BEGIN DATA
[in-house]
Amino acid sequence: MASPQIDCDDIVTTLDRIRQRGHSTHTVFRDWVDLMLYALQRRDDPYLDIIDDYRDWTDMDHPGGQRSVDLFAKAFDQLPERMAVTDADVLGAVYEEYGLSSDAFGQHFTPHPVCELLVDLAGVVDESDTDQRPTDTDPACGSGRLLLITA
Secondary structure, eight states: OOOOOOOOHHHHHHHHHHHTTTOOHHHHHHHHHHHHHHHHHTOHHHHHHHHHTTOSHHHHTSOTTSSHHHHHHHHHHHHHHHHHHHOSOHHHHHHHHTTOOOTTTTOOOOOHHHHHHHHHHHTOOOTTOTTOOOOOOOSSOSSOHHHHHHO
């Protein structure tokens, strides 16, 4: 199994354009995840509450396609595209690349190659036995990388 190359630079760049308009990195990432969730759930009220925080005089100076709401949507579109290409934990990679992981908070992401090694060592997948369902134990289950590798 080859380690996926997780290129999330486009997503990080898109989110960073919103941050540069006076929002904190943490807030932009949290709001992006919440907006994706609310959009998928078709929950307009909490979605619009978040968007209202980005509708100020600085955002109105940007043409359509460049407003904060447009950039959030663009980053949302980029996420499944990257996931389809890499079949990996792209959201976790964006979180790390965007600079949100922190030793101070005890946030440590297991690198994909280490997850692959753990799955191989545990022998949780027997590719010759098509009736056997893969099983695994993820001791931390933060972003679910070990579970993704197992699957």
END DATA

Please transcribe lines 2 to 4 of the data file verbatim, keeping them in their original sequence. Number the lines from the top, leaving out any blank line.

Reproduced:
Amino acid sequence: MASPQIDCDDIVTTLDRIRQRGHSTHTVFRDWVDLMLYALQRRDDPYLDIIDDYRDWTDMDHPGGQRSVDLFAKAFDQLPERMAVTDADVLGAVYEEYGLSSDAFGQHFTPHPVCELLVDLAGVVDESDTDQRPTDTDPACGSGRLLLITA
Secondary structure, eight states: OOOOOOOOHHHHHHHHHHHTTTOOHHHHHHHHHHHHHHHHHTOHHHHHHHHHTTOSHHHHTSOTTSSHHHHHHHHHHHHHHHHHHHOSOHHHHHHHHTTOOOTTTTOOOOOHHHHHHHHHHHTOOOTTOTTOOOOOOOSSOSSOHHHHHHO
């Protein structure tokens, strides 16, 4: 199994354009995840509450396609595209690349190659036995990388 190359630079760049308009990195990432969730759930009220925080005089100076709401949507579109290409934990990679992981908070992401090694060592997948369902134990289950590798 080859380690996926997780290129999330486009997503990080898109989110960073919103941050540069006076929002904190943490807030932009949290709001992006919440907006994706609310959009998928078709929950307009909490979605619009978040968007209202980005509708100020600085955002109105940007043409359509460049407003904060447009950039959030663009980053949302980029996420499944990257996931389809890499079949990996792209959201976790964006979180790390965007600079949100922190030793101070005890946030440590297991690198994909280490997850692959753990799955191989545990022998949780027997590719010759098509009736056997893969099983695994993820001791931390933060972003679910070990579970993704197992699957």